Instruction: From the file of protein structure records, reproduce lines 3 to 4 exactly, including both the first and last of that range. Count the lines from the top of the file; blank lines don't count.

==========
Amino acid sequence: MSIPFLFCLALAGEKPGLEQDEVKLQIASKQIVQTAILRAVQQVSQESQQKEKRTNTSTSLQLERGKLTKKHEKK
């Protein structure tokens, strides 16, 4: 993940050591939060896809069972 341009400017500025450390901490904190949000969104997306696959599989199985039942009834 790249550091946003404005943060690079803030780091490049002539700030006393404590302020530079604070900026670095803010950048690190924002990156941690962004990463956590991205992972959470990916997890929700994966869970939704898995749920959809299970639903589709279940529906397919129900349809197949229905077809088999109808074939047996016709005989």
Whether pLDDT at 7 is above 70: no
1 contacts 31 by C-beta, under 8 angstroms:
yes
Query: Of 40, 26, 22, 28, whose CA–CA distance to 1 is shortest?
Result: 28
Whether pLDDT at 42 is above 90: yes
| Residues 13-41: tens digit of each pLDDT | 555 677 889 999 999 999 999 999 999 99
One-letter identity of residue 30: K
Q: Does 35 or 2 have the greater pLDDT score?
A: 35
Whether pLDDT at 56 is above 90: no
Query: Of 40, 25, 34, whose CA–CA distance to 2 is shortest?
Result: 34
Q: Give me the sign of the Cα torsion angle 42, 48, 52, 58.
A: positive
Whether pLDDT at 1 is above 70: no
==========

Whether pLDDT at 7 is above 70: no
1 contacts 31 by C-beta, under 8 angstroms: